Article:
Rita Jolivet Film Promotional Piece


Status
Not open for further replies.

Jim Kalafus

Member
Dec 3, 2000
6,113
37
398
Here is the cover art for a Lest We Forget herald I picked up over on eBay. The motto above the title, 'What Her Eyes Have Seen Your Eyes Shall See' is only partially backed up by the stills printed in the inner fold....there is an interesting one of the lowering of the lifeboats, but the rest is lurid stuff not drawn from her life experiences.

"Affords onlookers more excitement in ten minutes than the average film thrills does in an hour. Replete with stirring incidents. Jolivet admirable as heroine."
-New York Evening World

"Jolivet's acting is as full of vivacity and power as her performances in the theatre. Strikingly dramatic, realistic and forceful."
-New York Telegraph
 

Jim Kalafus

Member
Dec 3, 2000
6,113
37
398
One oddity - the graphic arts department at Metro chose to use clip art of what appears to be the Empress of Ireland or Britain at the bottom of the cover.

The rest of the herald is too intricate to reproduce well here, but if anyone would like scans or copies contact me through the ET board.
 

Jim Kalafus

Member
Dec 3, 2000
6,113
37
398
One oddity - the graphic arts department at Metro chose to use clip art of what appears to be the Empress of Ireland or Britain at the bottom of the cover.

The rest of the herald is too intricate to reproduce well here, but if anyone would like scans or copies contact me through the ET board.
 
Aug 29, 2000
4,562
28
323
What a great acquisition, especially with that mystery ship on the bottom. I got a Theodora Slave Princess promotional piece on EBAY a while back. Rita was quite a dish in a smoldering siren sort of way!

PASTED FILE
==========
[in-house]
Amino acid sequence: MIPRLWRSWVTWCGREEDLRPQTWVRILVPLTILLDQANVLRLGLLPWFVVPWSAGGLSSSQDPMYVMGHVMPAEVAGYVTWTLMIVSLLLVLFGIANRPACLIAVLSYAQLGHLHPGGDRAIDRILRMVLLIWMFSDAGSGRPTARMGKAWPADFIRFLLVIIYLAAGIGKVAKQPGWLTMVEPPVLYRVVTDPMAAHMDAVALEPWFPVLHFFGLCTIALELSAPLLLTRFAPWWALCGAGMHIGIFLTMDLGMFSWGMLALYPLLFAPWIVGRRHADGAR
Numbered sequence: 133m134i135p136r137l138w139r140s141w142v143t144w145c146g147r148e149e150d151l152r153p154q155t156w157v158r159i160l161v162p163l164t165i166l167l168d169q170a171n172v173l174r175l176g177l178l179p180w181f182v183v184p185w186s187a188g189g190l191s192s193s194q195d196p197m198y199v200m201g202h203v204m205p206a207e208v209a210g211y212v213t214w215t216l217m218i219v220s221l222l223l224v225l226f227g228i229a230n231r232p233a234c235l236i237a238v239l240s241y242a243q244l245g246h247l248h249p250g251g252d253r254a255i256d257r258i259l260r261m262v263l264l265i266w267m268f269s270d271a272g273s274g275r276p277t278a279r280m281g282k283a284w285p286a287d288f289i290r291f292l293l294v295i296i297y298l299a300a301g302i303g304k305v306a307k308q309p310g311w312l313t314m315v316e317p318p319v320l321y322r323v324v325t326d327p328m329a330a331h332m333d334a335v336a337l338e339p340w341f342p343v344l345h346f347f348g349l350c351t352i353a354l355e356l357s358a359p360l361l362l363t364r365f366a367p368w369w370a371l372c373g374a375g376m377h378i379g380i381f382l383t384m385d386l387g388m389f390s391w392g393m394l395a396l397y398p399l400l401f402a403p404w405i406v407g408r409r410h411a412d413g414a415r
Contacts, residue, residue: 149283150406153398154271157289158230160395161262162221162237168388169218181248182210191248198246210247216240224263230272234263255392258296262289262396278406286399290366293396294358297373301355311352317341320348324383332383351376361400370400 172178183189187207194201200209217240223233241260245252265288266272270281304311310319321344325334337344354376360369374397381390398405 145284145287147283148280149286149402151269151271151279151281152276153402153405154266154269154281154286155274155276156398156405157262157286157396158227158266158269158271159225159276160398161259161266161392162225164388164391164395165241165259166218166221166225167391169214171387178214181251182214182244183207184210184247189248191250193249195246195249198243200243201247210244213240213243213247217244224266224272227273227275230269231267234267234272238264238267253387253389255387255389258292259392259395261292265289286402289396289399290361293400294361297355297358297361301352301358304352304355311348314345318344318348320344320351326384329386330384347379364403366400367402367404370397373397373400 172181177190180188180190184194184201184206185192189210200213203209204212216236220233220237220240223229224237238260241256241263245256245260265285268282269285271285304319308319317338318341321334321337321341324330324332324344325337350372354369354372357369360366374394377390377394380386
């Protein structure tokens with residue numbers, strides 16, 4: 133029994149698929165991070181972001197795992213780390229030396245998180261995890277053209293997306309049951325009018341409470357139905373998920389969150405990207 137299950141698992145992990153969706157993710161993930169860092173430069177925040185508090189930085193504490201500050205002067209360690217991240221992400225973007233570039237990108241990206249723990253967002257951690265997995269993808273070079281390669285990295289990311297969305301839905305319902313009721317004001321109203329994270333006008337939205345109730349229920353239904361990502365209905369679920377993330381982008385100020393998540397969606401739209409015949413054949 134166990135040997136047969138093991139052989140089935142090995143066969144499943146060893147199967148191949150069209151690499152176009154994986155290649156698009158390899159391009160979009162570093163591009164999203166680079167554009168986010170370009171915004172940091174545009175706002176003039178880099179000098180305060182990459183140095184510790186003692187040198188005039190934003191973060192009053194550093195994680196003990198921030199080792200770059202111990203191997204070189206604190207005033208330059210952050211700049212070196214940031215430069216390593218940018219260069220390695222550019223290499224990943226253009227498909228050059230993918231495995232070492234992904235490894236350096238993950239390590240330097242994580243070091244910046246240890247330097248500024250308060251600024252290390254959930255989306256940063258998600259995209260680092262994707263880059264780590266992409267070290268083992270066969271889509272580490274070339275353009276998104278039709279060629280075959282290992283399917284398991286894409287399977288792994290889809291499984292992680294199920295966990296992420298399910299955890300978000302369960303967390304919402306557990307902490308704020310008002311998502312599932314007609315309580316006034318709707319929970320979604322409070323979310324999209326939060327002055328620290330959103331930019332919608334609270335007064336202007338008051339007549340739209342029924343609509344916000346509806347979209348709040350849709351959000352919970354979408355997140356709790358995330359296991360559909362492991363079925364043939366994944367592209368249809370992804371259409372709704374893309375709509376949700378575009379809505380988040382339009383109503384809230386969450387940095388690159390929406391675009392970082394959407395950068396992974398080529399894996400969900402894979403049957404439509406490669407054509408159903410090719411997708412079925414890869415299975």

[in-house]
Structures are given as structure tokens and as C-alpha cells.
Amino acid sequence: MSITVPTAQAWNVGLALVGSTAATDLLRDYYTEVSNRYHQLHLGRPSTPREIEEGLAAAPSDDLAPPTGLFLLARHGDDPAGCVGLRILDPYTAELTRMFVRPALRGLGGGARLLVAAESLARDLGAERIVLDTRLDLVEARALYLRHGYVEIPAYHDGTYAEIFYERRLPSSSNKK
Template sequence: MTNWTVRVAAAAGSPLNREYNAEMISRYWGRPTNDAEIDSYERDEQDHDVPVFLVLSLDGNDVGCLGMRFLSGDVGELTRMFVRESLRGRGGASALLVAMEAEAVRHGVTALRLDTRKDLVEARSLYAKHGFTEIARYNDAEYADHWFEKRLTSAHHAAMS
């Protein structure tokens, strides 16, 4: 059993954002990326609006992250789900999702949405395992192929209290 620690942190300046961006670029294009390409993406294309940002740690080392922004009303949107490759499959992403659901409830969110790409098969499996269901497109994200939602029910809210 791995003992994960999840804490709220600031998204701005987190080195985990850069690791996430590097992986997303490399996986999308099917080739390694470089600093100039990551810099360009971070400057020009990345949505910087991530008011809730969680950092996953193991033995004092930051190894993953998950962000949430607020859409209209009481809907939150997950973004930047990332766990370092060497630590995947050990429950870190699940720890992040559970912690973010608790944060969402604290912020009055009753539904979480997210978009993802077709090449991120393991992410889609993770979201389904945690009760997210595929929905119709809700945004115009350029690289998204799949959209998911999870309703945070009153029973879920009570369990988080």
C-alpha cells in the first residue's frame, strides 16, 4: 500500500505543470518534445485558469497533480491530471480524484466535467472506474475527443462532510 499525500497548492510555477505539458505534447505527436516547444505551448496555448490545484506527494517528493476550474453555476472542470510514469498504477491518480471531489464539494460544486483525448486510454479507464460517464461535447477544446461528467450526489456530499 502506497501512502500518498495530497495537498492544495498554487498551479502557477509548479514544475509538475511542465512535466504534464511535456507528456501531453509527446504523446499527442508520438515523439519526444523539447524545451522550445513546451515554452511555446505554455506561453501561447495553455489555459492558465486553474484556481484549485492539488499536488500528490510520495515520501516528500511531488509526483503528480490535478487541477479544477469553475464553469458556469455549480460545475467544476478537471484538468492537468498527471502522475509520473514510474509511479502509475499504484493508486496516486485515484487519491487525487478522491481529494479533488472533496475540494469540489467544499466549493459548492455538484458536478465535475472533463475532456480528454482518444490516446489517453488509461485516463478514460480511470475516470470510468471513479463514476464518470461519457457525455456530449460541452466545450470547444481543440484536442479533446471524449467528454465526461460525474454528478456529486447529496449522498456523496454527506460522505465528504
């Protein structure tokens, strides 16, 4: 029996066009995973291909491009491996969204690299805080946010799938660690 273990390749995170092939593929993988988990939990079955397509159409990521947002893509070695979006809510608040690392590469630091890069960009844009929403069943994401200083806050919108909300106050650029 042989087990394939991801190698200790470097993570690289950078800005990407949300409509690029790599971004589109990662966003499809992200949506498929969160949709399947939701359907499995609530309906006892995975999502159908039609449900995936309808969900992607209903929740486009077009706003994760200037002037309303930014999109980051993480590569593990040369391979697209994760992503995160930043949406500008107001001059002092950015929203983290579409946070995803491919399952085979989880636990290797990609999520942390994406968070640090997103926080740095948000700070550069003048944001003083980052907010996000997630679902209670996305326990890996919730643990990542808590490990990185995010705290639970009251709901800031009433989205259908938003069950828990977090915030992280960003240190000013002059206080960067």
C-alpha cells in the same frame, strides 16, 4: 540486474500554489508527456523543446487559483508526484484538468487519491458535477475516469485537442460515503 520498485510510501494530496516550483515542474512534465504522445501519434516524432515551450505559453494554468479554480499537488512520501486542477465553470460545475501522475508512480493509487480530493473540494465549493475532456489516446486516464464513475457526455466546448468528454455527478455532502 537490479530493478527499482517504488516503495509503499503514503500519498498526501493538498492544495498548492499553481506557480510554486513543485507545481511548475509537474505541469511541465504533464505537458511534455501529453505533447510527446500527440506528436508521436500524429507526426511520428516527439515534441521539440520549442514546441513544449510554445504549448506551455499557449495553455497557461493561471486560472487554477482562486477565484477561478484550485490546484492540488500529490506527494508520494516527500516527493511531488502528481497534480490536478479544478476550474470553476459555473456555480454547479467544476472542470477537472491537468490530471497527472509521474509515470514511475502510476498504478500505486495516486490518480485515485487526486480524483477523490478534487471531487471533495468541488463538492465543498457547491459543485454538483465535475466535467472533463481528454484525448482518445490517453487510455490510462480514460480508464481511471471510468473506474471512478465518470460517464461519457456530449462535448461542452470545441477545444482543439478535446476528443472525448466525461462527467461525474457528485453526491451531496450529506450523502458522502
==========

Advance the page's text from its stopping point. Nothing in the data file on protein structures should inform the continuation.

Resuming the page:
Jim Kalafus

Member
Dec 3, 2000
6,113
37
398
There is a print of Teodora preserved, but I've not had the chance to see it yet. 10 minutes of Lest We Forget survives in 'private hands.' I think that a couple of her Italian productions are still around.
 
Mar 20, 2000
3,107
33
323
Cool stuff! I am all agog, or if "adrool" is a word, then that applies, too.

Thanks for sharing the images with us all, Jim.

As I've discussed with Jim lately as well as earlier with Eric Sauder, "Lest We Forget" may be the most interesting historically because of Jolivet's presence but "The Little American," directed by Cecil B. de Mille and starring Mary Pickford, was by far the most famous of contemporary films depicting the Lusitania disaster. The story was loosely interpreted but the public got the message. In fact the scenes of the sinking were some of the most powerful for audiences. Premiering as it did in the first months of the US entry in WWI, it could not fail to have a tremendous affect on public sentiment and opinion.

nImage&WS=1&Format=_SL250_&tag=encyclopediatita-20.jpg


I have a number of press reviews of "The Little American" which reference Lusitania and it's resonance with audiences. I also am proud to own both an original programme and herald for the film, in addition to a collection of stills from the movie. My interest in Lusitania is matched (okay - surpassed!) by the fact that my other "Lucy Love," Lucile, was connected with this production, having dressed Mary Pickord in it.

Anybody interested in learning more about this movie might like to read de Mille's "Autobiography" and Pickford's "Sunshine and Shadow" for mentions of it's portrayal of the Lusitania tragedy.

Here is a link to cast and credits for the film:
The Little American (1917) - IMDb "The Little American" is available for purchase through Grapevine Video: Mary Pickford

https://www.amazon.com/gp/product/B000XPU4TO/?tag=encyclopediatita

Silent movie buffs will appreciate the trivia that Ramon Navarro had a bit part in the movie. He's actually in the dining room scene with Pickford when the "Veritania" is torpedoed.

Don't mean to take away from Rita Jolivet's movie by talking so much about Pickford's. Just wanted to add some things to compliment the great info provided here by Jim.

Randy

 
Status
Not open for further replies.

Similar threads

Similar threads